Why? Because it’s fun and it keeps my inspiration-fire stoked.

Moreover, despite my 16 years of experience, I know my academic credentials don’t match up with many—even compared to student trainers doing their practicum hours under my supervision.

Lifelong learners who are inquisitive and engaged will get good at what they do. But someone who earns an advanced degree and thinks, “Now I know everything” will be a lousy trainer.

We’ve all had clients who say that someone—a doctor, nurse, or physiotherapist—told them not to work with a trainer. In fairness, those professionals don’t know if their patient will end up with a random gym bro or a true professional.

I want to be that reliable, well-informed professional.

We trainers should be considered an integral part of the health-care continuum. If a little impostor fear leads to a lot of learning, that’s better for all of us.

Most of us are inspired by the genuine desire to help others, and we wear a lot of hats: coach, teacher, confidante, leader, cheerleader, information source.

It is impossible to get it right all the time. Mistakes are inevitable (I still cringe at my early-career mistakes) but they are learning opportunities if we are open to them.


Separate feelings from facts

Feel like you’re out of your depth? Take a second and fact-check yourself.

Are you really? Maybe you are, but that is a learning opportunity. (BTW, admitting that you don’t know something is a good answer when you get that feeling.)

But it’s more likely that you’re not out of your depth, and it’s that snake oil salesman on Instagram who confidently doles out terrible advice who is actually out of his depth.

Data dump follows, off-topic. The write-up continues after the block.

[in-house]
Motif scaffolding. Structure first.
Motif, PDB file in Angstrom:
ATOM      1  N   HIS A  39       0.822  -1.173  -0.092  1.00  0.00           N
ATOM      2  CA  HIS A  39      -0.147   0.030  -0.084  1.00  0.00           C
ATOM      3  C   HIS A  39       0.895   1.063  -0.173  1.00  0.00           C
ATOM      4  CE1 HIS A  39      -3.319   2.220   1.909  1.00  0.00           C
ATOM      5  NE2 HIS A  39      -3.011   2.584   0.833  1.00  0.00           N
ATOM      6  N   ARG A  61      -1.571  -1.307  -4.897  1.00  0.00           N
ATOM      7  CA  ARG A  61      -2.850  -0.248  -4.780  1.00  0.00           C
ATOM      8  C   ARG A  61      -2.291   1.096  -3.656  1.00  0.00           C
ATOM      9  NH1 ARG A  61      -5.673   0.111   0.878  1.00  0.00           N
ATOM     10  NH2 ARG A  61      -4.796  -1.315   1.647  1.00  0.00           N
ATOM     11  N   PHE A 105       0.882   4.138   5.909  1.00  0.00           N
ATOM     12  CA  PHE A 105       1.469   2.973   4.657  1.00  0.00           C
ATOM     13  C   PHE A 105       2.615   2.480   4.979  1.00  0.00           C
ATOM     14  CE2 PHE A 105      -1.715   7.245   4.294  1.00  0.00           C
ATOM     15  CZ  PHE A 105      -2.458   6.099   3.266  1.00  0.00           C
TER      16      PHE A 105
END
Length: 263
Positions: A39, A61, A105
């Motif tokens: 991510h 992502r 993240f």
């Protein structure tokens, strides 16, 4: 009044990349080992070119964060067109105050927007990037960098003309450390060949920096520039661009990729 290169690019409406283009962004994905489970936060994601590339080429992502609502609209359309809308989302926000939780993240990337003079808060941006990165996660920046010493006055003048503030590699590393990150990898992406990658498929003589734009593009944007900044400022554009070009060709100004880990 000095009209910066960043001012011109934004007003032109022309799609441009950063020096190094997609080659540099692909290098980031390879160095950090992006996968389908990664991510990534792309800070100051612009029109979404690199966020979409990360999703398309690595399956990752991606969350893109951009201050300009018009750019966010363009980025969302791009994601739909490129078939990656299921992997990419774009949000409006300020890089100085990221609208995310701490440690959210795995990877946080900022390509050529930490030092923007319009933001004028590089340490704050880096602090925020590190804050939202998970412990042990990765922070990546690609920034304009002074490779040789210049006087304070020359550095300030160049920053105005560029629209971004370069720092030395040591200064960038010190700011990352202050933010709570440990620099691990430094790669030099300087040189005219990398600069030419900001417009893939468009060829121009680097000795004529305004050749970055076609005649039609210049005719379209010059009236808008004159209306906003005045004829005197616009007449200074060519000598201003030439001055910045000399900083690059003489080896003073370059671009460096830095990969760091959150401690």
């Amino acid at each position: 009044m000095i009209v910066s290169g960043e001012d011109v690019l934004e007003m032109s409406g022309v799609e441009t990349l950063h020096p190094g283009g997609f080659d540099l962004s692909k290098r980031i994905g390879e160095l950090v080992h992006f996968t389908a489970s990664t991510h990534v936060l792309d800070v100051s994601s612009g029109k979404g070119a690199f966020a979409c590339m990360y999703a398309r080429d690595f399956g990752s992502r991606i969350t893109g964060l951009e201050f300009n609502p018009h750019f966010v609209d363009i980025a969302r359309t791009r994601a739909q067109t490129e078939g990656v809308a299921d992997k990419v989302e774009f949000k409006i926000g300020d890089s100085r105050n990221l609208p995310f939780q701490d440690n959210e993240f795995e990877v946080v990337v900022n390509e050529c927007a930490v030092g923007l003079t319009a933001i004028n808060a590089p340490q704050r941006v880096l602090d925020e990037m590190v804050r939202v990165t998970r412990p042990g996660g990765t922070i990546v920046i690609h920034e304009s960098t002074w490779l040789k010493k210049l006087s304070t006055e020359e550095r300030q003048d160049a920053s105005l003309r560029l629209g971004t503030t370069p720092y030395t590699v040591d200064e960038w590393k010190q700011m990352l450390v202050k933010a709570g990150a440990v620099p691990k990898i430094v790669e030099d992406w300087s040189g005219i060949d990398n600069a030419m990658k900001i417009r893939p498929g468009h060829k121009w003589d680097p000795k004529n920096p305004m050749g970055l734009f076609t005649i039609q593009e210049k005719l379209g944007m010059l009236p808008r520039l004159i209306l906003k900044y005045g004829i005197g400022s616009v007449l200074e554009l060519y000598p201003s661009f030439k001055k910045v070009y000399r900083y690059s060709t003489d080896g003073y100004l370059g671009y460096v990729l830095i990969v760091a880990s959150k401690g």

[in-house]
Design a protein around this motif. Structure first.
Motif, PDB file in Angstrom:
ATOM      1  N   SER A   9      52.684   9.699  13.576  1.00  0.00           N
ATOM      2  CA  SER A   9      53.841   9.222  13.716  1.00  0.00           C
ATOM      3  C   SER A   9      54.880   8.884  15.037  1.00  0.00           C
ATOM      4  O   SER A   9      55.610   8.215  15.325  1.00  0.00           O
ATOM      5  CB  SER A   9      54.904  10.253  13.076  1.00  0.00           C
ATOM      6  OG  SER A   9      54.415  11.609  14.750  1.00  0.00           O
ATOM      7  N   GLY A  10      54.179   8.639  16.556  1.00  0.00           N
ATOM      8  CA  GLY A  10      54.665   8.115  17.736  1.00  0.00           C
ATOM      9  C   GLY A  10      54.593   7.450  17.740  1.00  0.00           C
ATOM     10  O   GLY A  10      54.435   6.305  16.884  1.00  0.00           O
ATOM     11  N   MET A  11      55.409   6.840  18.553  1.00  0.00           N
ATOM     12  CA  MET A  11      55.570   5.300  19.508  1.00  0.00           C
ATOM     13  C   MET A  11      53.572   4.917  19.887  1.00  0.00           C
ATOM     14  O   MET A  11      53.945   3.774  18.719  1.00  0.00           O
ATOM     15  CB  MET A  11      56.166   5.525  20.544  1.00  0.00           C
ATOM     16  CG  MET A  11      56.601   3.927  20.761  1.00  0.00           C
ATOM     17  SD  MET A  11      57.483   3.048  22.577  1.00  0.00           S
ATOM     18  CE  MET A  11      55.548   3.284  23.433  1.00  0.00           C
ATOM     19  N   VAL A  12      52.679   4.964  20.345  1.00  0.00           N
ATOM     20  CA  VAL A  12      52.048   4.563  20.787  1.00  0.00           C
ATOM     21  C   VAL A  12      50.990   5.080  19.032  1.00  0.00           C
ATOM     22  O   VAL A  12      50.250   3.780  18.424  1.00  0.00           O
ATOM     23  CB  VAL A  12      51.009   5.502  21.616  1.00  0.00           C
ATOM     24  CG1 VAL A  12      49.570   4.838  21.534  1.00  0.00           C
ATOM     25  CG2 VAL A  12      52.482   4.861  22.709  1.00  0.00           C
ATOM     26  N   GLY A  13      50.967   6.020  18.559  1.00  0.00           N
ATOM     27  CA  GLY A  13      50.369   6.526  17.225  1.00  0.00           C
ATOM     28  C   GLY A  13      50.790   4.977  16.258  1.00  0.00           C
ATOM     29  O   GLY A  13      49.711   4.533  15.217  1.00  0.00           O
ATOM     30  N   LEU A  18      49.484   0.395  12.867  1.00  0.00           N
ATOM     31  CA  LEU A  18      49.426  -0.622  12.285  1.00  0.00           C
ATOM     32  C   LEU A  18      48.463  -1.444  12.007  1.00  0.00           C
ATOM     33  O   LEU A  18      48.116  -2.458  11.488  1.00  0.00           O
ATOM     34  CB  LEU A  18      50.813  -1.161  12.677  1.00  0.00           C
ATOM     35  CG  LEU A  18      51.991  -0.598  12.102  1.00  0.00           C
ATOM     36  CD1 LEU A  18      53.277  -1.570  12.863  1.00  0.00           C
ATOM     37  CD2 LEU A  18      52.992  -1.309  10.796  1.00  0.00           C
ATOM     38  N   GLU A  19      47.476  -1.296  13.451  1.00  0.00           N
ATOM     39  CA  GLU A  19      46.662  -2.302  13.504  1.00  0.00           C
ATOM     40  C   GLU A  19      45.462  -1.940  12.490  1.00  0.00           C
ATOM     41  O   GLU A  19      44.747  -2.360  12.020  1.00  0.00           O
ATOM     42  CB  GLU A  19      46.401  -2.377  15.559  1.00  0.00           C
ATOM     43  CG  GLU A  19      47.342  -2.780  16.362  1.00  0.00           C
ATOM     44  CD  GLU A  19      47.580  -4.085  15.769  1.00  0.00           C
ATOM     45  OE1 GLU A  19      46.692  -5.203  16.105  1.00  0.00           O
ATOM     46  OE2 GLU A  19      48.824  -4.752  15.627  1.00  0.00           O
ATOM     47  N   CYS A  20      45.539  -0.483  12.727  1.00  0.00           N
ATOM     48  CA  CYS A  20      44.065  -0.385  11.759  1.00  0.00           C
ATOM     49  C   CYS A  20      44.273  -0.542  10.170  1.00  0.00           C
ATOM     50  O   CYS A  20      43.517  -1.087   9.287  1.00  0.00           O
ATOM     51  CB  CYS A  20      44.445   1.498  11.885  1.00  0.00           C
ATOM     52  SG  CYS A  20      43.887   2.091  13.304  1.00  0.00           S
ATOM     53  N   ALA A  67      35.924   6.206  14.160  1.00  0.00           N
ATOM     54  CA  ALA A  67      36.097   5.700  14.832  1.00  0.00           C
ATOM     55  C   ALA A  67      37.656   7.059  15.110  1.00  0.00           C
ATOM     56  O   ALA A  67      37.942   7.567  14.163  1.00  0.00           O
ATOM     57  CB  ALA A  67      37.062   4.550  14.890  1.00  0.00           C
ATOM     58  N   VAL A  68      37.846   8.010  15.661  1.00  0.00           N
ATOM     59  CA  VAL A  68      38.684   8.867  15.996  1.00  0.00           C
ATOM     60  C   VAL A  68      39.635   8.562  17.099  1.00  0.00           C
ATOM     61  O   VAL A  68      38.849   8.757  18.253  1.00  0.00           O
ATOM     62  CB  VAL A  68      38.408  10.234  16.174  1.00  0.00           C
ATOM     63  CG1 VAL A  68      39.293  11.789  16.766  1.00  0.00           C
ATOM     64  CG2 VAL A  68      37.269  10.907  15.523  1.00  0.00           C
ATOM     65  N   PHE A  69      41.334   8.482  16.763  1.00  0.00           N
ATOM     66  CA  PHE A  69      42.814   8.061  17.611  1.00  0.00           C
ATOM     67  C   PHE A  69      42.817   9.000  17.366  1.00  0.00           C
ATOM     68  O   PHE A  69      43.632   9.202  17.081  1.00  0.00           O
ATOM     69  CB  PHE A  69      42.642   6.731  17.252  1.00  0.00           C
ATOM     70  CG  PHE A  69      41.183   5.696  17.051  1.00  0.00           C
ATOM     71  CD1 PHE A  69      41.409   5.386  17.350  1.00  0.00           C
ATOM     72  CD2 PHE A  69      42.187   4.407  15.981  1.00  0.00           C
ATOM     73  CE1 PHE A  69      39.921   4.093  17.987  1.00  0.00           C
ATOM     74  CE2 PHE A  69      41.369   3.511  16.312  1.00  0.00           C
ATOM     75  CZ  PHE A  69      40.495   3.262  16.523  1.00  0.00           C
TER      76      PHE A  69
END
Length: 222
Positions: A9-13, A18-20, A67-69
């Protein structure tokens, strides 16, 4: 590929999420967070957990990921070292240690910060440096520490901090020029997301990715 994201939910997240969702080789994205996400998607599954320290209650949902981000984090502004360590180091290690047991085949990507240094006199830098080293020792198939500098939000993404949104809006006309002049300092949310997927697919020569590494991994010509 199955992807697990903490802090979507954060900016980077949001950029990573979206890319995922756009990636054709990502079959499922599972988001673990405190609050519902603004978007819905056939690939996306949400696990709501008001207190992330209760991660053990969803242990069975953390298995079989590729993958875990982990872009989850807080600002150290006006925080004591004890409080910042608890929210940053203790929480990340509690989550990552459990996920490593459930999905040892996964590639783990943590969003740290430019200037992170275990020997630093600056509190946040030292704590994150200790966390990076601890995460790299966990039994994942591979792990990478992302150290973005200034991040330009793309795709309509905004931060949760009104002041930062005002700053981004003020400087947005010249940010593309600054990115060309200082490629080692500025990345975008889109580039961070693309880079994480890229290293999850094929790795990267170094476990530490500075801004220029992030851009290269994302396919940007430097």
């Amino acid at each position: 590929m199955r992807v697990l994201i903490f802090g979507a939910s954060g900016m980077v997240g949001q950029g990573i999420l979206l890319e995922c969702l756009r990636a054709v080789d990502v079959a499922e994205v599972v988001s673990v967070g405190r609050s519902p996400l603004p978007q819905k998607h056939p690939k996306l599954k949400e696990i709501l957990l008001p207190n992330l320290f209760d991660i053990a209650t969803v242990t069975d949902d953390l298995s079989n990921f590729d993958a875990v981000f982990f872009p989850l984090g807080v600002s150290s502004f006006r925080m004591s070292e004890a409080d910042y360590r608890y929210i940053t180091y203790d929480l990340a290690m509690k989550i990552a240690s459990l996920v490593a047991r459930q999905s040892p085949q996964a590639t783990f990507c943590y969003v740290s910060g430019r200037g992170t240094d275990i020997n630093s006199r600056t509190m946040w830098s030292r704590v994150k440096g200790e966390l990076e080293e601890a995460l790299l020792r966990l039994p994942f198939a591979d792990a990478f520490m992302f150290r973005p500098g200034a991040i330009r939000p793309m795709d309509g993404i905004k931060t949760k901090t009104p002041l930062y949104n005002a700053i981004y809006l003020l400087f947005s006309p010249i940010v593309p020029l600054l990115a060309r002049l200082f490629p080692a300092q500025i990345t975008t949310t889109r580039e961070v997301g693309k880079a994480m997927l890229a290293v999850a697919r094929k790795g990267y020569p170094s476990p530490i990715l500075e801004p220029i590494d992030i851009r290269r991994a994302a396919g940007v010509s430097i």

Don’t let the internal chatter take over—your thoughts aren’t facts.

Case in point: Want to hear a true story about a time I felt like an impostor? I realized something that might help you too …



Reframe your negative thoughts

Next time you feel like you’ve duped everyone into thinking you’re an expert, stop!

Tell yourself, “Whoops, impostor thought” and move on. Or try re-framing those thoughts in a more positive way:

Instead of “I’m a fake,” try “This is new for me.”

Instead of “I’m not smart enough to be here,” try “I am learning and growing.”

Instead of “I’m not fit enough to be a trainer,” try “I am on the same path with the people I coach.”

Ruminating will only make it worse. Don’t give it power over you.

Think about it: Does complaining about feeling tired ever help? Did it make you feel more energetic? Or more tired?

Same with impostor syndrome. If we validate it and stew about it, we’re just using up valuable resources that could be better spent focusing on something more engaging, like learning a new skill or helping others.

Michelle Obama said it well in a speech:


Think less, act more

If we give in to impostor syndrome, then we’ve accepted that it’s okay not to try: If I’m just a poser then what’s the point? What do I have to offer?

Feelings are the last thing to change. How you act must lead the way.

You don’t have to feel confident to act confident. And the more you practice acting confident the more ingrained that behavior will become.

Consider this: Who do you want to be? How does that awesome version of you act? Think? Feel?

If you practice being that person, then feeling like that person will follow.

Wait, you might say—isn’t acting a form of faking it? You know, like an impostor would?

Remember, successful people we look up to often suffer from impostor syndrome—they have the same doubts and fears and insecurities as the rest of us.

The difference is in how they deal with it. Do they let doubt and fear take over, and run away and hide? Or do they set the impostor feelings aside and get the job done?

Acting confident is not “acting,” it’s a skill. It takes practice and repetition to develop.

The truth: Outwardly successful people often are wracked with self-doubt. They trip over their own feet, lust after people they shouldn’t, and their stomachs make weird gurgling sounds at inopportune times, just like the rest of us.

So what are we to do with these thoughts and feelings when they crop up?

For example, imagine that you’re about to talk to an audience of 100 of your peers. Nervous, right?

What if you trip over the mic cord and sneeze-fart? Do you make a joke and get on with kicking ass at your presentation? Or do you let it derail you by telling yourself that you don’t belong there? As if nobody else has ever tripped or sneeze-farted?

You know the answer. Give your speech and take your bow.